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Fall on Rock, Rope Cut, Inadequate Protection, California, Yosemite Valley


California, Yosemite Valley

On September 2, 1989, Manuel Afonso (24) suffered multiple fractures when he fell approximately 12 meters to the ground from the Outer Limits climbing route (I,5.10a) at Cookie Cliff. An interview with witnesses revealed the following details.

Rubio Rocabert led the first pitch of Outer Limits. The anchor at the top of the pitch—about 35 meters above the ground—consisted of two bolts side-by-side, each with a hanger and two lap (chain-repair) links. Rubio clipped a separate nonlocking carabiner to the lowest gap link of each bolt and clipped a short (38 cm) sling between the two carabiners.

Escorihuela Imagrina wan ted to climb the pitch with a top-rope belay. Rubio decided to belay him from the ground, so he tied two ropes together and clipped them through the right-hand carabiner. He could rappel on these ropes and then belay Rubio with the same setup.

Guillermo Garcia and Josetro Rodriguez were planning to lead the route after Escorihuela finished. Afonso wanted to photograph them from above, so before rappelling, Rubio fixed another rope to the anchor for Afonso to climb. To do so, Rubio tied an overhand loop in the end of the rope and clipped it into the same carabiner that held the rappel–belay rope. I do not know which rope he clipped in first.

Afonso climbed his rope using mechanical ascenders. He stopped about ten meters above the ground, intending to take photos from there. He was completely supported by the fixed rope.

While Afonso waited there, Escorihuela climbed, belayed by Rubio and the other rope. After about 25 meters he could go no further, so Rubio lowered him to the ground and then retrieved that rope by pulling it through the carabiner at the anchor above. One minute or so after Escorihuela’s rope was retrieved, Afonso suddenly fell to the ground. His entire rope came down with him. (Source: John Dill, Ranger, Yosemite National Park)


Since the carabiner may have flipped over when the rope broke, I don’t know for certain how it was oriented before the failure. Regardless of its orientation, the shape of the carabiner and the direction the ropes took to the ground when weighted would have forced both ropes together into one of the bends at the spine. In addition, the moving rope could have lain directly on top of the fixed line. If it had been trapped under the fixed-and weighted-line, Rubio would not have been able to take in slack as Escorihuela climbed.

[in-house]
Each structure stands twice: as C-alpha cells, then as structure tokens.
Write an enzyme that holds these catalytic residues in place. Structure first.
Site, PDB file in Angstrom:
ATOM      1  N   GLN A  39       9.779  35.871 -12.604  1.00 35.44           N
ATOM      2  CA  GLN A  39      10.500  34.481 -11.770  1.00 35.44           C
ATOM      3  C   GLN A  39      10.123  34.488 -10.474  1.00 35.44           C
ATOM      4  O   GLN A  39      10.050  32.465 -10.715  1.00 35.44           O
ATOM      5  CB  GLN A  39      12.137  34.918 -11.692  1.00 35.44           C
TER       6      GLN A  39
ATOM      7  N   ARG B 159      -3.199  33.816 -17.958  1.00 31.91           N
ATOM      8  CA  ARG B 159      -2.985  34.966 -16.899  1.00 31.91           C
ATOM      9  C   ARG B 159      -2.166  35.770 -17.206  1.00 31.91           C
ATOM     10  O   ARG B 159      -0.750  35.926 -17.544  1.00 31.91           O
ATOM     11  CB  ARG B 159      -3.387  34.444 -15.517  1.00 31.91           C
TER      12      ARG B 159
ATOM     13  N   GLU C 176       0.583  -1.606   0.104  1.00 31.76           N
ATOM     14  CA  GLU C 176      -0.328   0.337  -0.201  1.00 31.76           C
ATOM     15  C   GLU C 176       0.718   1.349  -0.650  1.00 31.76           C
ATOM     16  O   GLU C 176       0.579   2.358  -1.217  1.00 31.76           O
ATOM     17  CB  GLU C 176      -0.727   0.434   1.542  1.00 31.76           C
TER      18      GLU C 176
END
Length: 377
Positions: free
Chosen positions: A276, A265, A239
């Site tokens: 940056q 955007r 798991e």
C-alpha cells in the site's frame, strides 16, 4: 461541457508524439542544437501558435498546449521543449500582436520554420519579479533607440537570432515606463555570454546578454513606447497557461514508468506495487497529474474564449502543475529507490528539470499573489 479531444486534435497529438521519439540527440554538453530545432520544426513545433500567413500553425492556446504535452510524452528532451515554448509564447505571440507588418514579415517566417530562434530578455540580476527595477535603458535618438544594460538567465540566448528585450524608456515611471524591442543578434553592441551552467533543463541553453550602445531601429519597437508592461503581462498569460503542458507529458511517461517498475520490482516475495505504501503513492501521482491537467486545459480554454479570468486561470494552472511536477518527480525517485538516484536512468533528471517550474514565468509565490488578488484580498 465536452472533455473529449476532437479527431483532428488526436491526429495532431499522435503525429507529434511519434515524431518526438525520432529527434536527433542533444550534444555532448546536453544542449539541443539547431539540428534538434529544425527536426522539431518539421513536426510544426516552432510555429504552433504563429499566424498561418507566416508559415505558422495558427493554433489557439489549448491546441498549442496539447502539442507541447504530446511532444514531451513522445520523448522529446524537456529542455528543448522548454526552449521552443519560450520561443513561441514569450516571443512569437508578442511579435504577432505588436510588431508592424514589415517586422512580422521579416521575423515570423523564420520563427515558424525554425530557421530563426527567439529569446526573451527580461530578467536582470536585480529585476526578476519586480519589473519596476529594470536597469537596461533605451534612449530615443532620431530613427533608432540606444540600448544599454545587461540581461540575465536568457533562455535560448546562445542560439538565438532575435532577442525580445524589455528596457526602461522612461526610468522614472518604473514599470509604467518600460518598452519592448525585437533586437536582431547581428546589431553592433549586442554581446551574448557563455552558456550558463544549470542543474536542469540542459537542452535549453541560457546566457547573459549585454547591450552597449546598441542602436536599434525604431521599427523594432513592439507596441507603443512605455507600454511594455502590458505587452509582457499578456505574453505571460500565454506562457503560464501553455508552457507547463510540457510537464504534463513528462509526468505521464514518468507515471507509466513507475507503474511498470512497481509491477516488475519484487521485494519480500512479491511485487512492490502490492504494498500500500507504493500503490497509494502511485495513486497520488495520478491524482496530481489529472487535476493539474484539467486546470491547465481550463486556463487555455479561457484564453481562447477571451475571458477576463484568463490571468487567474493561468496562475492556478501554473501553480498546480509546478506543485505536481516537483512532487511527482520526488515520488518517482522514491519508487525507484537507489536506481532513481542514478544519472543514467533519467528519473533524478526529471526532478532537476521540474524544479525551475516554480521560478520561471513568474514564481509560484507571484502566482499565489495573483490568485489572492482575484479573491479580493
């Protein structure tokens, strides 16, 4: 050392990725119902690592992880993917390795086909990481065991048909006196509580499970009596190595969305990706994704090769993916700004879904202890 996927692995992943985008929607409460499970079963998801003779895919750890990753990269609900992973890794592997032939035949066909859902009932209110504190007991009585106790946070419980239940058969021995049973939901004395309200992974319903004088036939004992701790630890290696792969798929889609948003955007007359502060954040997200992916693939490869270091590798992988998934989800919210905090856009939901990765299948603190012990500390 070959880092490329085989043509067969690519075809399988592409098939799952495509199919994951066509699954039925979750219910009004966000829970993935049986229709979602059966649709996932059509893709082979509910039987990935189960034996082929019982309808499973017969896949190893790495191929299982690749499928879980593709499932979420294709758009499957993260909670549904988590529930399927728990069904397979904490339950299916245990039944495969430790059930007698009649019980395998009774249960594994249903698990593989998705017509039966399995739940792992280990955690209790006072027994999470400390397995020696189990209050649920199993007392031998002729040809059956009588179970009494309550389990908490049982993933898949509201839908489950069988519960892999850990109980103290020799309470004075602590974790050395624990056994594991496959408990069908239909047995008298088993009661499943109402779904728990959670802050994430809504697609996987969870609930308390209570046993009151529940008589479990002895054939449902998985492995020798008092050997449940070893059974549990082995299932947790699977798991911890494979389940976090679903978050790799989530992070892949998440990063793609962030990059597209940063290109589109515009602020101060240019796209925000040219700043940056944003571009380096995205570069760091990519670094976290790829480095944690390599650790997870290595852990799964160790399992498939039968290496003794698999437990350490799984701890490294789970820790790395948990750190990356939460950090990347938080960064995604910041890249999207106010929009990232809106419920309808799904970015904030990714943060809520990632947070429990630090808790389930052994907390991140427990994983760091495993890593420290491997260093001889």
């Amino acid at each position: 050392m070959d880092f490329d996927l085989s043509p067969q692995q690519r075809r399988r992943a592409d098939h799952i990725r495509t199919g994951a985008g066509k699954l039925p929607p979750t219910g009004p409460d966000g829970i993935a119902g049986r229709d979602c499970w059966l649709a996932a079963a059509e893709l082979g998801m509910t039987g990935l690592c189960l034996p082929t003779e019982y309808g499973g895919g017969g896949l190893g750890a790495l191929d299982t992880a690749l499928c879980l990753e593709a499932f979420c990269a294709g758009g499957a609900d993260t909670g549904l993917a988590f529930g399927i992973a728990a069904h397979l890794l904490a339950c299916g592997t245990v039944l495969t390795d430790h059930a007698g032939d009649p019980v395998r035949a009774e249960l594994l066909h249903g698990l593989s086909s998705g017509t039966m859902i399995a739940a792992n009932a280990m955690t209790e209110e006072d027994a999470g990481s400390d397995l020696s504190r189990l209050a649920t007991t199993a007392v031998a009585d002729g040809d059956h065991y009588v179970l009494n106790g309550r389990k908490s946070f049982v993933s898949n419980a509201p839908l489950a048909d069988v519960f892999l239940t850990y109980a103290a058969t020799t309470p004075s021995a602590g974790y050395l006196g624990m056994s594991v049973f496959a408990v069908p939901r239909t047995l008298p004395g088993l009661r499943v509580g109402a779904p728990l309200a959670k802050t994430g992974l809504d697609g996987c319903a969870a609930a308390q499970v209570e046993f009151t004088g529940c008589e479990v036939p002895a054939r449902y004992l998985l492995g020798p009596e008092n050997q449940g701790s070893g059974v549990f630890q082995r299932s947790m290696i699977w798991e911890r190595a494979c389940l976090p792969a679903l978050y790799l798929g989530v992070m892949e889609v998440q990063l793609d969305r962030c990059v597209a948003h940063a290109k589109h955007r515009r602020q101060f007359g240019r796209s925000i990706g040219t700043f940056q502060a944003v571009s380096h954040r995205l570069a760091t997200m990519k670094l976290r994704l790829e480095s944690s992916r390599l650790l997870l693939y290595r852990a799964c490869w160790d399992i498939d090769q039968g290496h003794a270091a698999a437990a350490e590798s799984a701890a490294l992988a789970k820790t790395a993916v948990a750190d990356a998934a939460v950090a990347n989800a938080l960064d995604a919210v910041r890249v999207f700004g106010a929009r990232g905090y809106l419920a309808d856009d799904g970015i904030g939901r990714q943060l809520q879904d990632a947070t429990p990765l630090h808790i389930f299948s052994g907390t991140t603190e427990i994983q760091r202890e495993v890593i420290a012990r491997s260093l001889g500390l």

Without repeating the events, any effort on my part to explain the clean cut would only be a guess. When one rope cuts another, the cut is often ragged, with lots of melted material stuck to the edges of the cut. Therefore, there’s a slim chance that some other mechanism is involved. In the absence of contradictory evidence, however, it’s most likely that Afonso’s rope was cut by Escoriheula’s.

Either of two actions should have prevented this accident: (1) the two ropes should have been separated at the anchor; (2) Afonso and Escoriheula should not have accepted Rubio’s rigging. Either they did not understand the danger, or they did not ask him how it was arranged. Safety is the responsibility of the user as well as of the rigger; anyone about to rely on a belay system should first ask how it was rigged and then consciously accept or reject it. If possible, the user should check it personally. There were two other rigging errors, although they did not play a role in this accident:

The ropes were clipped to a single non-locking carabiner. This is not a secure belay, since ropes can be accidentally unclipped in this circumstance. A locking carabiner or two non-locking carabiners rigged in the “mirror image” form are necessary.

Both climbers were supported by the same single bolt. While Escorihuela was being lowered, the force on the bolt was approximately two and one-half or three body-weights, about 180-200 kg. Had Escorihuela fallen during this climb, the force might have been higher. The bolt is probably much stronger than the potential force, but there is no way to know, and a failure would have shock-loaded the other bolt. The load should be equalized between the two bolts, and done in such a way that failure of one bolt produces minimal shock loads on the other. (Source: John Dill, Ranger, Yosemite National Park)